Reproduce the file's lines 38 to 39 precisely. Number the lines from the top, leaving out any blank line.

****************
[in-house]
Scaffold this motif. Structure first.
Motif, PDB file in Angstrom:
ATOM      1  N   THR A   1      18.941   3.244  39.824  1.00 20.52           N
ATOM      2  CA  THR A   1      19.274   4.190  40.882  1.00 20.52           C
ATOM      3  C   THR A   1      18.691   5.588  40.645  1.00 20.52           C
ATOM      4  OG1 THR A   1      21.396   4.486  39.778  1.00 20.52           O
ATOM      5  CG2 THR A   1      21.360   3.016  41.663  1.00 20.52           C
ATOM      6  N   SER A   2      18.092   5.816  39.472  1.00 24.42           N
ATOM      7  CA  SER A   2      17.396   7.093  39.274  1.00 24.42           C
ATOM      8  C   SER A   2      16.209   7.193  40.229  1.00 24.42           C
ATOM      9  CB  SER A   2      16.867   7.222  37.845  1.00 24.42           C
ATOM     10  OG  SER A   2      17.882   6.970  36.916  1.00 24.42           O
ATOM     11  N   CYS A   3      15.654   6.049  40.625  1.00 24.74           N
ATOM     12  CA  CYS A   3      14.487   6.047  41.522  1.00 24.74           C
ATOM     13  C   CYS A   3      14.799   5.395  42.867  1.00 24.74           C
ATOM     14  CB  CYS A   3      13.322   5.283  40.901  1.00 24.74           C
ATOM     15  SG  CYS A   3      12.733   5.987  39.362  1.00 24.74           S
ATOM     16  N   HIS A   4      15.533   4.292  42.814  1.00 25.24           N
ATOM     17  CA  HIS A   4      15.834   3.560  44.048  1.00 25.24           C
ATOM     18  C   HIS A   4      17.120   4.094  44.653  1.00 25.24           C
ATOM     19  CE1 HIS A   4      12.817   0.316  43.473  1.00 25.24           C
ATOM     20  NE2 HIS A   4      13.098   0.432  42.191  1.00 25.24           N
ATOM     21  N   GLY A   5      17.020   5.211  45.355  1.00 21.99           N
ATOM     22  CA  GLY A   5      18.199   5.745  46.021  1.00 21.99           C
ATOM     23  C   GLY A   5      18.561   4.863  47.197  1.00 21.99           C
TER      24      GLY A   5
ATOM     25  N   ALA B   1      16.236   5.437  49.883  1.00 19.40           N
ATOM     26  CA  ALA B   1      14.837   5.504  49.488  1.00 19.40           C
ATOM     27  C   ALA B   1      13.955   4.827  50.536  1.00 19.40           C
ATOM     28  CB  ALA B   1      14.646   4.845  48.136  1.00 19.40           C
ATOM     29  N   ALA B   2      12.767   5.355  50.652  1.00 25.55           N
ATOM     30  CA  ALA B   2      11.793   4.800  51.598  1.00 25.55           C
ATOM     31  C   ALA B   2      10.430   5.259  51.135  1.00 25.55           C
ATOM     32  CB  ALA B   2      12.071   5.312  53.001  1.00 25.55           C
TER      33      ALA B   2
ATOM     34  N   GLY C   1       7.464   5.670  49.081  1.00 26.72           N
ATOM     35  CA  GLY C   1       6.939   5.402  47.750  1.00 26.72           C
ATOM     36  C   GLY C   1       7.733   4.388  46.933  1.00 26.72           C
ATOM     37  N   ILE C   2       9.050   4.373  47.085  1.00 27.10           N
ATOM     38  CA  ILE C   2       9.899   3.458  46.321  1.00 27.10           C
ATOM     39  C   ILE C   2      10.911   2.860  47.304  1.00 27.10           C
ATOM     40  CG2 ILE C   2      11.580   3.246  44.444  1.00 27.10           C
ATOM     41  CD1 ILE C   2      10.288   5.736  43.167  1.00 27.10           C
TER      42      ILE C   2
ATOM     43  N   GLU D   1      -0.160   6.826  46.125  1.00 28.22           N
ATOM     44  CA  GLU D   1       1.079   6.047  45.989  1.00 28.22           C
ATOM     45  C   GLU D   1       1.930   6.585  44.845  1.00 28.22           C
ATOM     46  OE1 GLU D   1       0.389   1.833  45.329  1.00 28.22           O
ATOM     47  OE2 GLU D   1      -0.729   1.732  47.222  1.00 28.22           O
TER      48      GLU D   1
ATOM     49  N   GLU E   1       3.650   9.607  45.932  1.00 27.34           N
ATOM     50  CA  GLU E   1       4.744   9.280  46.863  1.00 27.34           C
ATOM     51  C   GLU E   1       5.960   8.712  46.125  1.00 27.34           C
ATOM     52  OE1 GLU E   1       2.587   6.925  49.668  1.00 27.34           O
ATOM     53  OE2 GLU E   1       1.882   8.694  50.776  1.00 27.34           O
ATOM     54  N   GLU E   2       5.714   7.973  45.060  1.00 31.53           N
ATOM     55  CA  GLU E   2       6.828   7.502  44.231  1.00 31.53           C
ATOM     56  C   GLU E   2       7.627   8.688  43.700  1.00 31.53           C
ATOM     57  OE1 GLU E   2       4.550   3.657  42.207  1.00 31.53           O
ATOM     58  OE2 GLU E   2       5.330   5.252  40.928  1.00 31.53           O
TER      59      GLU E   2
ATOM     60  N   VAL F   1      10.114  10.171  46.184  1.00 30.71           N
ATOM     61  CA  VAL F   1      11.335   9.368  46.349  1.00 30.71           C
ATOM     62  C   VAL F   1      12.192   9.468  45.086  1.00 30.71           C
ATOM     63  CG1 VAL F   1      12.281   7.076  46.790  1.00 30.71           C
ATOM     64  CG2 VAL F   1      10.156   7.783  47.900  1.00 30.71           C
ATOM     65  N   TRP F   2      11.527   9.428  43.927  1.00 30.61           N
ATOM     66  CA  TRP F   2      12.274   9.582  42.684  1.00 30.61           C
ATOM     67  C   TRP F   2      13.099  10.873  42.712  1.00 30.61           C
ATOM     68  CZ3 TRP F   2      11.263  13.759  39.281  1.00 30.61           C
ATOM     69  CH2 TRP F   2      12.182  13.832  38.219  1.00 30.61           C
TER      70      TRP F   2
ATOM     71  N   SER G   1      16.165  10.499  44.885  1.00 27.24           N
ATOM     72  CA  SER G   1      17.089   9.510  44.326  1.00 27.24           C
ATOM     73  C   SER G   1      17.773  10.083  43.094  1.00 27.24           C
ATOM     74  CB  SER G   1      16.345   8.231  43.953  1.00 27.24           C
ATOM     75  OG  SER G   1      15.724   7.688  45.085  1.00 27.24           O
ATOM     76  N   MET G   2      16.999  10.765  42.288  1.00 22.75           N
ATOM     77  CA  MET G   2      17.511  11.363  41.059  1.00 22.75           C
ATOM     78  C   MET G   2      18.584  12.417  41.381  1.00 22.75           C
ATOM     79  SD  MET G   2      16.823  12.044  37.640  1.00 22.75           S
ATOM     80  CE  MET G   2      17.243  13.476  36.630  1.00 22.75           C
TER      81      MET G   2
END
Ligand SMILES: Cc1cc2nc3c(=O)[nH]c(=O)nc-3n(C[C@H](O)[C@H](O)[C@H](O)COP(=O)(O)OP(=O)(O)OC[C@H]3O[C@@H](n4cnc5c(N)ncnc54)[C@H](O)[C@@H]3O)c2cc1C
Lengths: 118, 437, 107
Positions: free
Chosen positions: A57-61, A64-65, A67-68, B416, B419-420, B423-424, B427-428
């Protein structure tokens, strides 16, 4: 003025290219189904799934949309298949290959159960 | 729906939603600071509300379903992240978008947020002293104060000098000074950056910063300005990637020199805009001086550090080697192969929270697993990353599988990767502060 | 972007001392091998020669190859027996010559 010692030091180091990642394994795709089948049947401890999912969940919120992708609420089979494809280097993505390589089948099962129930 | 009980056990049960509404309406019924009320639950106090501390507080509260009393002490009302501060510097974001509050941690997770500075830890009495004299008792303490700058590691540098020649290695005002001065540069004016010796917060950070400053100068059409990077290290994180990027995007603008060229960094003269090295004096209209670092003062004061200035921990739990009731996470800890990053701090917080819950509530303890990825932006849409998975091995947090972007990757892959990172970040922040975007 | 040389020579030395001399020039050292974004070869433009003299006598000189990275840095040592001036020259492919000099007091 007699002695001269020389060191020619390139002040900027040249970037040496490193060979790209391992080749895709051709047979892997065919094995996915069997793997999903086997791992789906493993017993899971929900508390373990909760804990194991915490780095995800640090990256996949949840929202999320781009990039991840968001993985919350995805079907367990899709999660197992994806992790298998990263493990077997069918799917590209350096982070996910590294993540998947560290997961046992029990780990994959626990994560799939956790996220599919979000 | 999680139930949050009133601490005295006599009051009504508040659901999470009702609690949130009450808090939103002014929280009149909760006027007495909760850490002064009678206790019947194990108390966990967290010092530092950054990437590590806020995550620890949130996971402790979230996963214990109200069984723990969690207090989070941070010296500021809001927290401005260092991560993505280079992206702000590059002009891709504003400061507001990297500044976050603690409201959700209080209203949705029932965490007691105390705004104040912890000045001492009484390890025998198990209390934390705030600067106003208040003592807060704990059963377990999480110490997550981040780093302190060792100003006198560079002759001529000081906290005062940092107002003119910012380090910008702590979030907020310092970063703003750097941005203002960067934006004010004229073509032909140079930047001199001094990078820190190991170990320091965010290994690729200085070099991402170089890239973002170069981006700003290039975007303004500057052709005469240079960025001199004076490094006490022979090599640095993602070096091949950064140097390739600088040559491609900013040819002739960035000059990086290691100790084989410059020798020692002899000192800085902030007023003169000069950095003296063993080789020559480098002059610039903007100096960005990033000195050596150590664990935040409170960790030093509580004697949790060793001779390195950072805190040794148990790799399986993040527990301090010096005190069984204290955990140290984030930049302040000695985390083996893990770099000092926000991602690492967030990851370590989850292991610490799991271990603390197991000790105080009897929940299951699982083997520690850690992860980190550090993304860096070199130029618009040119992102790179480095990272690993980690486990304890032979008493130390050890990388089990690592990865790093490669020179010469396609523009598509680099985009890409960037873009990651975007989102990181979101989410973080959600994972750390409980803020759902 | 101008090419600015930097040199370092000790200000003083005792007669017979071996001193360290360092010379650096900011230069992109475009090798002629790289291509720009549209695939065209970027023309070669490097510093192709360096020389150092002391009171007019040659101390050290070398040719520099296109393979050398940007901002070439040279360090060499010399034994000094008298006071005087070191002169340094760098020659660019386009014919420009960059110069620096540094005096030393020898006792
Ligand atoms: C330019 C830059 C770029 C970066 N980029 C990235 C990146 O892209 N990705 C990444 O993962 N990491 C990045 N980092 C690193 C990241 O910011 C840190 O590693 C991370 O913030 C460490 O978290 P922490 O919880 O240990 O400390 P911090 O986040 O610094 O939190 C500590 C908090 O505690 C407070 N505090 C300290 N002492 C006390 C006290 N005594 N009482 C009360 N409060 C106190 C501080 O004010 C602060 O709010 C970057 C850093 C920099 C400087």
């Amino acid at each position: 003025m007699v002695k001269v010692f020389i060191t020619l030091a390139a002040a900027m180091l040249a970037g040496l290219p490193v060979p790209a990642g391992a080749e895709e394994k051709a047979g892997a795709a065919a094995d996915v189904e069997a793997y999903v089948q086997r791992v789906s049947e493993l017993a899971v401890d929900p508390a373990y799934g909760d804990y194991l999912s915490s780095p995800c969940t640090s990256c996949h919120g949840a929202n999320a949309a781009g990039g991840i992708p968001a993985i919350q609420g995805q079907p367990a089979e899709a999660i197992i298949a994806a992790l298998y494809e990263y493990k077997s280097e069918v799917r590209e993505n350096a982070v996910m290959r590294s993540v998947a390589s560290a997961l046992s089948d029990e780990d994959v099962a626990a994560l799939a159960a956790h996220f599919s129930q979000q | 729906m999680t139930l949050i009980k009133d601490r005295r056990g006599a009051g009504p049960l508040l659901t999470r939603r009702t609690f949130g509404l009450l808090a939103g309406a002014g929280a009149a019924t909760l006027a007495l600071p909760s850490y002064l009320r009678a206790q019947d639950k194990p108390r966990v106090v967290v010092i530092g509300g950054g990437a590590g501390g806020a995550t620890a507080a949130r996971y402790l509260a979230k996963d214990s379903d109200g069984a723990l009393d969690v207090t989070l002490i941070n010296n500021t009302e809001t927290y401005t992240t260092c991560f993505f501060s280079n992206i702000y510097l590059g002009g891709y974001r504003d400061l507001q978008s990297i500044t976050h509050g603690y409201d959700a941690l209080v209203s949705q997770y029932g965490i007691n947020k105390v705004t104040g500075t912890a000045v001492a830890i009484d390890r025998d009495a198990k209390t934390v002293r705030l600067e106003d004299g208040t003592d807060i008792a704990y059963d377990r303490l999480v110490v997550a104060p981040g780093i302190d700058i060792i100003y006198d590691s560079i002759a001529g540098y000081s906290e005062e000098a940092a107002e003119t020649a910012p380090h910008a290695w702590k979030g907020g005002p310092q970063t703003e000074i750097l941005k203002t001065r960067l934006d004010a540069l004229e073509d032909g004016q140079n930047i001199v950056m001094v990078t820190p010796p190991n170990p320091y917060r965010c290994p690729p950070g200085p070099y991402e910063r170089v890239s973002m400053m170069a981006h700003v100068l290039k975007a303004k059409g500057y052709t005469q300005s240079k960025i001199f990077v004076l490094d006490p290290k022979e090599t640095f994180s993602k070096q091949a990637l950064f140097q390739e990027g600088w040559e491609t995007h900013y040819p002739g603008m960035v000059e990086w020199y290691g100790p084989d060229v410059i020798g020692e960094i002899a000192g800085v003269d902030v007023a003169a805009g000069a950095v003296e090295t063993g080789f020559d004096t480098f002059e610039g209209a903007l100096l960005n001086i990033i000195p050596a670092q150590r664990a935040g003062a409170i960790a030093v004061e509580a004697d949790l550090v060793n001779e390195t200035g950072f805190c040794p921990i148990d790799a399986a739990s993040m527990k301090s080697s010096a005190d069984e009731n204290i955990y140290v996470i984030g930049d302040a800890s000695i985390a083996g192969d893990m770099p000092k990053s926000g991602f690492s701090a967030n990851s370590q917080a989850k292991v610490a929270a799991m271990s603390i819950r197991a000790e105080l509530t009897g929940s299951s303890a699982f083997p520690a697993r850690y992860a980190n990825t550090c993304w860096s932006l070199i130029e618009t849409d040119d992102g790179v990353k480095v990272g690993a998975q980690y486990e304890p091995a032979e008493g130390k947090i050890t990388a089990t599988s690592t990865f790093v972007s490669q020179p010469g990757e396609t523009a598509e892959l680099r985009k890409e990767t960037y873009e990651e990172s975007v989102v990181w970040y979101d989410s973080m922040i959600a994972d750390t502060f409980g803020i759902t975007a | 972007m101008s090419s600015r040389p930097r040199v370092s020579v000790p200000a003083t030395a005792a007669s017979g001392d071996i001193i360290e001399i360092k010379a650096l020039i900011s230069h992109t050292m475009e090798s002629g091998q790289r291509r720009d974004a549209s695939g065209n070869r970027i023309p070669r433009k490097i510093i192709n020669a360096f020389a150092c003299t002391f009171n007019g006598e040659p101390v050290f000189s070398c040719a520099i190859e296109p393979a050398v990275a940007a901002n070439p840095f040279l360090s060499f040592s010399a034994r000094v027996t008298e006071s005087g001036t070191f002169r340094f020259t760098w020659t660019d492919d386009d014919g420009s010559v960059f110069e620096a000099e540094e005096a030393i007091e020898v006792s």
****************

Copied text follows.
ATOM     35  CA  GLY C   1       6.939   5.402  47.750  1.00 26.72           C
ATOM     36  C   GLY C   1       7.733   4.388  46.933  1.00 26.72           C